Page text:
The Greek Theatre

When you are in L.A., it’s worth stopping at the Greek Theatre to take pictures and enjoy this historic venue. The architecture of this building is stunning. You will love how each tier looks like an open-air temple with marble pillars holding up skywards; there isn’t any other word for its beauty than graceful.

The Greek Theatre is a historic venue in Los Angeles, CA area. The idea for this structure originated from wealthy landowner Griffith J. Griffith, who donated 3 thousand acres (1200 ha) of his property to the city upon death to create an eponymous park and leave money towards its construction efforts were constructing one nice-sounding stage. A canyon site was ultimately chosen because it offered excellent acoustics that helped make their mark on history.

The Iconic Greek Theater has a long and colorful history that includes World War II when it served as an army barrack. In 1948 a San Francisco producer brought his shows to the venue for one night only; he would later take over the management of this historic theater from Los Angeles showman James Doolittle, who upgraded its seating with better equipment to make sure all audience members could enjoy themselves. The Greek Theatre has been host to many different types of events, including performances from both contemporary and classic playwrights. In celebration of its 75th anniversary in 2006, the facade was renovated with an eye-catching design that maintains functionality today.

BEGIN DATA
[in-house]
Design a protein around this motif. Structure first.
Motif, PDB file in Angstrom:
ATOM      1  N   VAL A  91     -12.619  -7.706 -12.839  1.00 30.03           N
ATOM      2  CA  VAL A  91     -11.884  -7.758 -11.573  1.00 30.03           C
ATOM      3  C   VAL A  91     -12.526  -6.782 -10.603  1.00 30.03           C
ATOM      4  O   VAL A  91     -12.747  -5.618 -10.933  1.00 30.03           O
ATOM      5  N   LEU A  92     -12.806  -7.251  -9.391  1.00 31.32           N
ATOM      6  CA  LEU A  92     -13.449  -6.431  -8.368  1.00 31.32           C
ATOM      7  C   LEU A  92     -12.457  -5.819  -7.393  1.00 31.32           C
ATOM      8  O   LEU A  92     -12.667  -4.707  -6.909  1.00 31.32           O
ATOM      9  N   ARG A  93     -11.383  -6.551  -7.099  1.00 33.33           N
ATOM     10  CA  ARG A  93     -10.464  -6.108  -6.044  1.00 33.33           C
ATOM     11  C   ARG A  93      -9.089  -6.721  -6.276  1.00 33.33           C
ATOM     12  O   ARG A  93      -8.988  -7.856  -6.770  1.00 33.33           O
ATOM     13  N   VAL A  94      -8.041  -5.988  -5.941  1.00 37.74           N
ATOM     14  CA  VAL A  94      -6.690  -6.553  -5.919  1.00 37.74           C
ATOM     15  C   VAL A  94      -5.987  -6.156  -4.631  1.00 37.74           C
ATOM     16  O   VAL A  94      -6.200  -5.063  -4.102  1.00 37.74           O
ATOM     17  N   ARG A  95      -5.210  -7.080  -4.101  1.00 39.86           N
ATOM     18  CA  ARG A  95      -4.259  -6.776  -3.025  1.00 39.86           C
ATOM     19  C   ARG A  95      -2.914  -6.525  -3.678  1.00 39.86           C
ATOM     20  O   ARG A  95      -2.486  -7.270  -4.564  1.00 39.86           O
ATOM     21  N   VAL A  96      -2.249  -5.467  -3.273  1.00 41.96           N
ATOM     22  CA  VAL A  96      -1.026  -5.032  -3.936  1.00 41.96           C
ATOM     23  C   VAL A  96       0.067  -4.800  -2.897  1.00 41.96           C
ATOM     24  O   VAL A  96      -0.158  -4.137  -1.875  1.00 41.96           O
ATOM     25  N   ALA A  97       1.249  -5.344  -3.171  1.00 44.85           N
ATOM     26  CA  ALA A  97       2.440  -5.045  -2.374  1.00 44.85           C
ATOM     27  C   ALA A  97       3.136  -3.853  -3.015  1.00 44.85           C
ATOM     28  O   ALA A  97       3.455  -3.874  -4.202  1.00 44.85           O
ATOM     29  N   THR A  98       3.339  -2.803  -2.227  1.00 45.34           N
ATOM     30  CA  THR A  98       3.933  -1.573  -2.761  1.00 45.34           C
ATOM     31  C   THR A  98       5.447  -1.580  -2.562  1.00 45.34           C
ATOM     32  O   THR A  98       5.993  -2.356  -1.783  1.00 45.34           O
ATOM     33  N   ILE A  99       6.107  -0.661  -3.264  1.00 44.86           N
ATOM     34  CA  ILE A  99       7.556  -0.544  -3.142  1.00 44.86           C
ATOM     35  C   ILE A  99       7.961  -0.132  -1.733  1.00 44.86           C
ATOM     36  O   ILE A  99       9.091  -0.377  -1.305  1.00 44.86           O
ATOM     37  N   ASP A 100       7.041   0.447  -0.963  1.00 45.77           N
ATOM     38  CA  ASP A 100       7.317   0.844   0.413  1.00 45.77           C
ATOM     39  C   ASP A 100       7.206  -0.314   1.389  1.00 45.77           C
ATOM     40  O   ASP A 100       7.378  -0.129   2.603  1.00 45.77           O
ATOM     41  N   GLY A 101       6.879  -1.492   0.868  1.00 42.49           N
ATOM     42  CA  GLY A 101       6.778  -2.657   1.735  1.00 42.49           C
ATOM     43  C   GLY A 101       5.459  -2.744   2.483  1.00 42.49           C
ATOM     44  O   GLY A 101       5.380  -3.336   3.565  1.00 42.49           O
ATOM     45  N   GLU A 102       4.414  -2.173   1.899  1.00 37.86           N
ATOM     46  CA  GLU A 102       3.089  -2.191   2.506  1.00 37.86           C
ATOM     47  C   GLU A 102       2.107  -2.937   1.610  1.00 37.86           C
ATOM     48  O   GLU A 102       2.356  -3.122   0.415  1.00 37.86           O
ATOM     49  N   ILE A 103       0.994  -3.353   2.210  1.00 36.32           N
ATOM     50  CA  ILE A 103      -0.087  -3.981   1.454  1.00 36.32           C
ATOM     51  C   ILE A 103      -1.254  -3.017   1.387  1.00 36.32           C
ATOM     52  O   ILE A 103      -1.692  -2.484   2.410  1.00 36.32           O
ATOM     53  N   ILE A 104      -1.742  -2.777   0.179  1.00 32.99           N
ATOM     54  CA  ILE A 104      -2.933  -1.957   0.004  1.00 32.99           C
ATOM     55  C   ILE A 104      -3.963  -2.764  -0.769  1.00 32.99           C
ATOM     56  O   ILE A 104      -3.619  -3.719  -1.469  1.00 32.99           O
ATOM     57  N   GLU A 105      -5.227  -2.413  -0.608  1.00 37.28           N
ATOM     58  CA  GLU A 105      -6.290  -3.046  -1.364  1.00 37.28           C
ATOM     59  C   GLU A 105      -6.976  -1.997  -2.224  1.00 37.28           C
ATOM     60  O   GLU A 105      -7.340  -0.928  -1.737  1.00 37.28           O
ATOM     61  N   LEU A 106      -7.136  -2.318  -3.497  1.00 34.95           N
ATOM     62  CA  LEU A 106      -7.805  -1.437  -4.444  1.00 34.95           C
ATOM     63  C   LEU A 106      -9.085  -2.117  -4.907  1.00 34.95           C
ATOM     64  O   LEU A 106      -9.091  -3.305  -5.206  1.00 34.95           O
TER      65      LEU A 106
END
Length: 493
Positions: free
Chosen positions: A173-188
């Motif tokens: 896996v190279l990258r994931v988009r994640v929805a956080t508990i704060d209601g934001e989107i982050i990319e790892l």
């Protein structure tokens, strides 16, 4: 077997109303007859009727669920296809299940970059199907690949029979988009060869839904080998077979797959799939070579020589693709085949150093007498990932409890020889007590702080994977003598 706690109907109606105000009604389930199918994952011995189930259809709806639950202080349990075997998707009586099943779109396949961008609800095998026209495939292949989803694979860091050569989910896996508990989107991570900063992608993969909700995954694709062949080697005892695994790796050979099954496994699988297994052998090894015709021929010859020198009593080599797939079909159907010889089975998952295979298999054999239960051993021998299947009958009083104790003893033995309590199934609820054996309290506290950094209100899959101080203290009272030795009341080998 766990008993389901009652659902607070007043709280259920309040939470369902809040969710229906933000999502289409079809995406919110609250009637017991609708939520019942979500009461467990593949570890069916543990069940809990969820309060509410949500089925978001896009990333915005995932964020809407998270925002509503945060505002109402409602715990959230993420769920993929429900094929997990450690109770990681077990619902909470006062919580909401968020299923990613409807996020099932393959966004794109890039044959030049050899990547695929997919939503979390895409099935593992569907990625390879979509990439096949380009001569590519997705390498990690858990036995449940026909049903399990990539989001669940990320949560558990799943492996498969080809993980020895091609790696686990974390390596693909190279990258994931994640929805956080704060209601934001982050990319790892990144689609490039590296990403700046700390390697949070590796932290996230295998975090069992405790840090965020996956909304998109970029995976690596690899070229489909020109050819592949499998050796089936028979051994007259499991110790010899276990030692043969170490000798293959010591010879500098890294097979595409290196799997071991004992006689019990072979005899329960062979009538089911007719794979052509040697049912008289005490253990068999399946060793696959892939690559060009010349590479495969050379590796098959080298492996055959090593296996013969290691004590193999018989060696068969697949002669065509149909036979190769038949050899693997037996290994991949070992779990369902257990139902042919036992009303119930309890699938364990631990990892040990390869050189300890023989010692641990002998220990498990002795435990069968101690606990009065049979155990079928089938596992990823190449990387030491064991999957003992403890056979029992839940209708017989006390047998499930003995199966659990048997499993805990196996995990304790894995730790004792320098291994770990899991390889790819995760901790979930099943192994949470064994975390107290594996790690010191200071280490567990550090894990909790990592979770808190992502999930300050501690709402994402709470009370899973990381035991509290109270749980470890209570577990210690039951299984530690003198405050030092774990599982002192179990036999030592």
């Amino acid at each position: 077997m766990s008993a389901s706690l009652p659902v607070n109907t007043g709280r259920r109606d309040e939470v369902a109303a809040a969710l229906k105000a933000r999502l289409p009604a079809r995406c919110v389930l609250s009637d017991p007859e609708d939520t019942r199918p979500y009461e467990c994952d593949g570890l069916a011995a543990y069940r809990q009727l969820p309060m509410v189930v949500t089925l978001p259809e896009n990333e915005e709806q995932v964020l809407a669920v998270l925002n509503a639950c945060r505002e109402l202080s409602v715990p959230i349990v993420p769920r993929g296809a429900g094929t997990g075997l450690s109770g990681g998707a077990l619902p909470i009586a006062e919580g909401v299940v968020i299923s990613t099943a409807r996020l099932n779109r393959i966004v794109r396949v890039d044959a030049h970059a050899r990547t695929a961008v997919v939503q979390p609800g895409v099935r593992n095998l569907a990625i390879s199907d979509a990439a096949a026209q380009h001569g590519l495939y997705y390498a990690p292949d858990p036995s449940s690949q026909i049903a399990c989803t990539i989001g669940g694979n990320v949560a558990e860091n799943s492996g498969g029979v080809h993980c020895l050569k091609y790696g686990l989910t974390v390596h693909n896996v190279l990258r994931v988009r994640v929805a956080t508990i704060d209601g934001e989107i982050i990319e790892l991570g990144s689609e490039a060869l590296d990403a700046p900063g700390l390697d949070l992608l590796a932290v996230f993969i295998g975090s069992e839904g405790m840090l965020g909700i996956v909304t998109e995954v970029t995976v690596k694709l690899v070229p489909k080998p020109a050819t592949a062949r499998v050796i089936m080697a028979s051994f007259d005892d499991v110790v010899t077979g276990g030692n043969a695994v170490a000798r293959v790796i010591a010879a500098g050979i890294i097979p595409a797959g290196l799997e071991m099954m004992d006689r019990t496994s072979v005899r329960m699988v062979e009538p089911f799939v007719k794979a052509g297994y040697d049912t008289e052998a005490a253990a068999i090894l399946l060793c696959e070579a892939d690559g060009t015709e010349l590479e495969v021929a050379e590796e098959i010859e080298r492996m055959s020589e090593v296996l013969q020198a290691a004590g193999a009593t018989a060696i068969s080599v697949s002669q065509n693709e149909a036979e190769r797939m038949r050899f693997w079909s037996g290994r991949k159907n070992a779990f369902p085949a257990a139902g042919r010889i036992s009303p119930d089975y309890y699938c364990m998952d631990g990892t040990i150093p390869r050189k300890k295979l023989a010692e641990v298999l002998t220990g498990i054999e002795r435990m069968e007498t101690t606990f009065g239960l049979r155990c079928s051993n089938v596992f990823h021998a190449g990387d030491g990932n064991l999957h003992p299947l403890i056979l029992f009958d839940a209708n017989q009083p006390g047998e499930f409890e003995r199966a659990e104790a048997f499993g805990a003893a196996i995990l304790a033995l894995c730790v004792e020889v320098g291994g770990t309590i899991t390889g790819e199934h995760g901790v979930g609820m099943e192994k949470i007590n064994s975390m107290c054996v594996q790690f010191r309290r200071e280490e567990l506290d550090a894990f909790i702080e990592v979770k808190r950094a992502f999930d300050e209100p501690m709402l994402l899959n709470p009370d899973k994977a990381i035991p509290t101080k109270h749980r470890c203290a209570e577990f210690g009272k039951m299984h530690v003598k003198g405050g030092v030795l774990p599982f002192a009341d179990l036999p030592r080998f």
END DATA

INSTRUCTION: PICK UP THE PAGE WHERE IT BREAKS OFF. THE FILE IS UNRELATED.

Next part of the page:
In 1975 The Nederlander Organization took over management/ownership, which led them into improving all aspects within this building while implementing new programs such as rotation schedules between genres or even periods during which certain plays would be performed each season. In 2015, Live Nation attempted to replace Nederlander in operating the theatre. This led them into a joint venture with Goldenvoice and SMG, which programmed shows while managing venue operations, including booking performances at Holsten’s Park Theater.

The Greek Theatre has been an essential part of L.A.’s history since its construction in 1983, and it’s seen many renovations over the years to keep up with modern-day needs. In 2009 they were able to add two more rows for seats near the stage after getting approval from fire marshals – this brought their total capacity down from 6200 seating spaces altogether (seated) or 7000 people who can watch events unfold live without any obstruction whatsoever while standing.

The Greek Theatre has been a favorite venue for many years. It’s used not only as an outdoor stage but also to host concerts and graduation ceremonies, among other events.

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